walking is not balanced. With two you can set up a very nice walking rhythm, once you get the hang
    of it. Now that I've started using two I'd never go back to using only one, the difference is much
    bigger than you'd think.

    Paul
    --
    http://www.wilderness-wales.co.uk
    http://www.wildwales.fsnet.co.uk
    http://www.photosig.com/go/users/userphotos?id=118749
     
  10. Richard B

    Richard B Guest

    "Bernard Hill" <[email protected]> wrote in message
    news:[email protected]...
    > In article <[email protected]>, pign9 <[email protected]> writes
    > >Poles, should I buy some or are they a useless waste of money, whets
    there
    > >advantage and how much should I spend, been looking at Some Leki's, Also do I need two or will
    > >just one do
    > >
    > >Thanks Mully
    > >
    > >
    > It depends <g>
    >
    > 1. How old are you?
    > 2. How fit are you?
    > 3. Do you suffer from Arthritis or any joint pains?
    > 4. What sort of walking do you do?
    >
    > I could not climb hills/mountains without them as I suffer badly on the descent, each step down
    > jarring my knees. I use the poles to lever myself down gently.
    >
    > For me, one is nowhere near as good: I had to lend one on a downward run last year and I found
    > out then!
    >
    > But spend the least you can. There is no advantage in sprung poles unless you are sprint-walking
    > on the level.
    A couple of months ago I asked a similar question of this ng. Following the advice I made a couple
    of poles for my companion and myself. We tried them out today and using one pole the up hills were
    definitely easier. Using both poles the down hills were a doddle. My knees feel fine and a similar
    walk without poles would have been almost impossible, 17 km walk today highest point 1917 metres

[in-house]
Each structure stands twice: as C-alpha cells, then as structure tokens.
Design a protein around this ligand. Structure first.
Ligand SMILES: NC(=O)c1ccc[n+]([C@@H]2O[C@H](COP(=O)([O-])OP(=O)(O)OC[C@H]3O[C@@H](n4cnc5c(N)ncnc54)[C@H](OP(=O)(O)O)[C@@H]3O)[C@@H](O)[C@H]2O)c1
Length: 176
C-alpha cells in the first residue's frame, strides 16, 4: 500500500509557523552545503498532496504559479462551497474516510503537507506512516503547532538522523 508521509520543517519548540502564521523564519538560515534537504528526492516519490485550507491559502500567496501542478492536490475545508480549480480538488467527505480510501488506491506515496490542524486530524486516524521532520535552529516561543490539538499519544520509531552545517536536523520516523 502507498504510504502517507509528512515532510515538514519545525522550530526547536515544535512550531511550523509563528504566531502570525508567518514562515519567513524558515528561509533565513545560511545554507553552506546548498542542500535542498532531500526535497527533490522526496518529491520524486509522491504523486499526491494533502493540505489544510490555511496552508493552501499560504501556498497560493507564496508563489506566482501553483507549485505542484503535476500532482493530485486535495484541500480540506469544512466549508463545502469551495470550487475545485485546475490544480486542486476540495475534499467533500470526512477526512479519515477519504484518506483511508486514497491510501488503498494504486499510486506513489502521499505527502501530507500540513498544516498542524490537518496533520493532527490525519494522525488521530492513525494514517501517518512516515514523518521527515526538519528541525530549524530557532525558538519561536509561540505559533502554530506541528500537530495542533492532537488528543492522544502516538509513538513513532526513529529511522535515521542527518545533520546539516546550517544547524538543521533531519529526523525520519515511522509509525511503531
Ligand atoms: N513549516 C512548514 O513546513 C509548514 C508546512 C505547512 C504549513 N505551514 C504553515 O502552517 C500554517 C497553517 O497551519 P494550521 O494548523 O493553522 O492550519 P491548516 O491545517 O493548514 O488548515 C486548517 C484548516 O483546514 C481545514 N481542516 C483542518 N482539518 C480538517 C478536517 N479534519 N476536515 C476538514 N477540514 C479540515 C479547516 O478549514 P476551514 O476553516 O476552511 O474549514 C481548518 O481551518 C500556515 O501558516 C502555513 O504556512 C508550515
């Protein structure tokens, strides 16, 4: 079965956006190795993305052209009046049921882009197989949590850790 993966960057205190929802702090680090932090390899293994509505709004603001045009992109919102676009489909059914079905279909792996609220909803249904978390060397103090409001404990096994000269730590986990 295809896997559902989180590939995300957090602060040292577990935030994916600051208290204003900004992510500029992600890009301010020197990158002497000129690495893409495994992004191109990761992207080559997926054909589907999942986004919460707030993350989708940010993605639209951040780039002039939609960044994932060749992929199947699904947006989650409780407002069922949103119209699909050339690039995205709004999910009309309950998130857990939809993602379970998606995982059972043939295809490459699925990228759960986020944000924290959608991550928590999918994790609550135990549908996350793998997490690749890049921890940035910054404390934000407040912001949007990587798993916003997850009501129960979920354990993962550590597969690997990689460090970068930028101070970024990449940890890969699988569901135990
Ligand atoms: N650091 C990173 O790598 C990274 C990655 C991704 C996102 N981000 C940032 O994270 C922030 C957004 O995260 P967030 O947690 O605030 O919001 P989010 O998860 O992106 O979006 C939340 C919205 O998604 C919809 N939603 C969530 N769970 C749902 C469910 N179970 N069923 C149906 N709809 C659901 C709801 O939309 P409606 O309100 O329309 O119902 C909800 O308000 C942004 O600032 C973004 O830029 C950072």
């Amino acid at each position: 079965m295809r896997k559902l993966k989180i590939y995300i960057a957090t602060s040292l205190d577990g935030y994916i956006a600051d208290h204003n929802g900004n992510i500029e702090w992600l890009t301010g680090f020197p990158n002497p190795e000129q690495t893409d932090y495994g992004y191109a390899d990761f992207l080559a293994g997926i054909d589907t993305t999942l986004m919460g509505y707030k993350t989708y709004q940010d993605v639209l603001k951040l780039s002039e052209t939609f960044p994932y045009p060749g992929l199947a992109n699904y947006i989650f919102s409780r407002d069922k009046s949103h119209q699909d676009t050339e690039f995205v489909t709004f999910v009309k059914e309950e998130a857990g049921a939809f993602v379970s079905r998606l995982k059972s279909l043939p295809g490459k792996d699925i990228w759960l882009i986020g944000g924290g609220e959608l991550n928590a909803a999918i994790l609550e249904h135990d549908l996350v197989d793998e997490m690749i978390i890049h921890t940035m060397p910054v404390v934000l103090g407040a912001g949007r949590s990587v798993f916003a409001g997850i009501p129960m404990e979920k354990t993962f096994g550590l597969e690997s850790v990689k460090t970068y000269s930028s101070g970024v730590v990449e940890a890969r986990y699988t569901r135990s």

ascent 375 metres Richard
    >
    >
    > Bernard Hill Braeburn Software Author of Music Publisher system Music Software written by
    > musicians for musicians http://www.braeburn.co.uk Selkirk, Scotland
     
  11. Bernard Hill

    Bernard Hill Guest

    In article <[email protected]>, Mike Mason
    <[email protected]> writes
    >Do your poles not have a wrist strap. I usually find that most of my weight is taken by the strap
    >and the fingers and hand just hold the grip of the pole. Only real time I put any weight onto my
    >hands is if I'm reaching down and have the palms of my hands on top of the poles.
    >
    Exactly my experience too. But John did say wrists too and I imagine that could be a strain point.

    Bernard Hill Selkirk, Scotland
     
  12. Steve Jones

    Steve Jones Guest

    > Poles, should I buy some or are they a useless waste of money, whets there advantage and how much
    > should I spend, been looking at Some Leki's, Also do I need two or will just one do
    >
    > Thanks Mully

    Used to think they were for wimps, not for rufty tufty outdoor types like me. That was until I
    actually tried them. Now I find coming down steep slopes no more taxing on my poor knackered old
    knees than walking down the stairs at home. You can use your arms to spread the effort going uphill
    with a heavy pack. They add stability when crossing uneven ground and are also invaluable for
    testing boggy ground before commiting your weight to a soggy patch. They could have also been used
    in a defensive capacity against what might have been a rabid, uncontrolable Tasmanian Devil
    sheepdog, had it not kept snoring blissfully as I tiptoed trepidatiously by. To quote Mr M Python -
    If there's one thing I couldn't manage without on the hills, its my trekking poles and Thermarest -
    No that's two. OK if theres two things I couldn't manage without in the hills its my trekking poles,
    Thermarest and compass. - No hold on that's 3, etc etc

    Steve Jones
     
  13. Phil Cook

    Phil Cook Guest

    On 28 Feb 2004 15:57:41 -0800, Steve Jones wrote: